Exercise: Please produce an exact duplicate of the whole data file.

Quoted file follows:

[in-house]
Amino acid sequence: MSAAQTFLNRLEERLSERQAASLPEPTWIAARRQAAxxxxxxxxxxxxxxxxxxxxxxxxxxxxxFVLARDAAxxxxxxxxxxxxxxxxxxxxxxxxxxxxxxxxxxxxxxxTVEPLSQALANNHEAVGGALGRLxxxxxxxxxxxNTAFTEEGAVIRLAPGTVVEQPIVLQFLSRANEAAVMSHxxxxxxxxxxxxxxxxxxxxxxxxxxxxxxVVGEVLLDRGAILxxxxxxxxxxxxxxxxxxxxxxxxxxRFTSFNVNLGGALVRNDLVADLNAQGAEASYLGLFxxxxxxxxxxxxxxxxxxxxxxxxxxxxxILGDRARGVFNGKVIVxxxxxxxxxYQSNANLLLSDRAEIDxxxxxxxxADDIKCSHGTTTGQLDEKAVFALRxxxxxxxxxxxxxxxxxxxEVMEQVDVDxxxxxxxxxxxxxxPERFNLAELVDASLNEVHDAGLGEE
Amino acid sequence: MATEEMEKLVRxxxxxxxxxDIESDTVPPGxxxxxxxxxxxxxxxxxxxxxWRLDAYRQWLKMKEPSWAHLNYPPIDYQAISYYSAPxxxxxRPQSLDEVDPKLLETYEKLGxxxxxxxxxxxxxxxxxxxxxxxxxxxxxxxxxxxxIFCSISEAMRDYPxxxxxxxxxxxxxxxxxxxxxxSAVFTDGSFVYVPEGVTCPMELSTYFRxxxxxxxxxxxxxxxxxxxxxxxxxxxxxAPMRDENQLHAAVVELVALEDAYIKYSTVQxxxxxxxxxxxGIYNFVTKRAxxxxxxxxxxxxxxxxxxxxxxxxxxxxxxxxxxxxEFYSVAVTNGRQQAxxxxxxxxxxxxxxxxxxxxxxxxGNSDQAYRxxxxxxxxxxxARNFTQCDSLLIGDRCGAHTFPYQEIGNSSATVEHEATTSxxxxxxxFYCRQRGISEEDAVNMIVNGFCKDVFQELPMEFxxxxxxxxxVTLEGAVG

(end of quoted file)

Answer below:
[in-house]
Amino acid sequence: MSAAQTFLNRLEERLSERQAASLPEPTWIAARRQAAxxxxxxxxxxxxxxxxxxxxxxxxxxxxxFVLARDAAxxxxxxxxxxxxxxxxxxxxxxxxxxxxxxxxxxxxxxxTVEPLSQALANNHEAVGGALGRLxxxxxxxxxxxNTAFTEEGAVIRLAPGTVVEQPIVLQFLSRANEAAVMSHxxxxxxxxxxxxxxxxxxxxxxxxxxxxxxVVGEVLLDRGAILxxxxxxxxxxxxxxxxxxxxxxxxxxRFTSFNVNLGGALVRNDLVADLNAQGAEASYLGLFxxxxxxxxxxxxxxxxxxxxxxxxxxxxxILGDRARGVFNGKVIVxxxxxxxxxYQSNANLLLSDRAEIDxxxxxxxxADDIKCSHGTTTGQLDEKAVFALRxxxxxxxxxxxxxxxxxxxEVMEQVDVDxxxxxxxxxxxxxxPERFNLAELVDASLNEVHDAGLGEE
Amino acid sequence: MATEEMEKLVRxxxxxxxxxDIESDTVPPGxxxxxxxxxxxxxxxxxxxxxWRLDAYRQWLKMKEPSWAHLNYPPIDYQAISYYSAPxxxxxRPQSLDEVDPKLLETYEKLGxxxxxxxxxxxxxxxxxxxxxxxxxxxxxxxxxxxxIFCSISEAMRDYPxxxxxxxxxxxxxxxxxxxxxxSAVFTDGSFVYVPEGVTCPMELSTYFRxxxxxxxxxxxxxxxxxxxxxxxxxxxxxAPMRDENQLHAAVVELVALEDAYIKYSTVQxxxxxxxxxxxGIYNFVTKRAxxxxxxxxxxxxxxxxxxxxxxxxxxxxxxxxxxxxEFYSVAVTNGRQQAxxxxxxxxxxxxxxxxxxxxxxxxGNSDQAYRxxxxxxxxxxxARNFTQCDSLLIGDRCGAHTFPYQEIGNSSATVEHEATTSxxxxxxxFYCRQRGISEEDAVNMIVNGFCKDVFQELPMEFxxxxxxxxxVTLEGAVG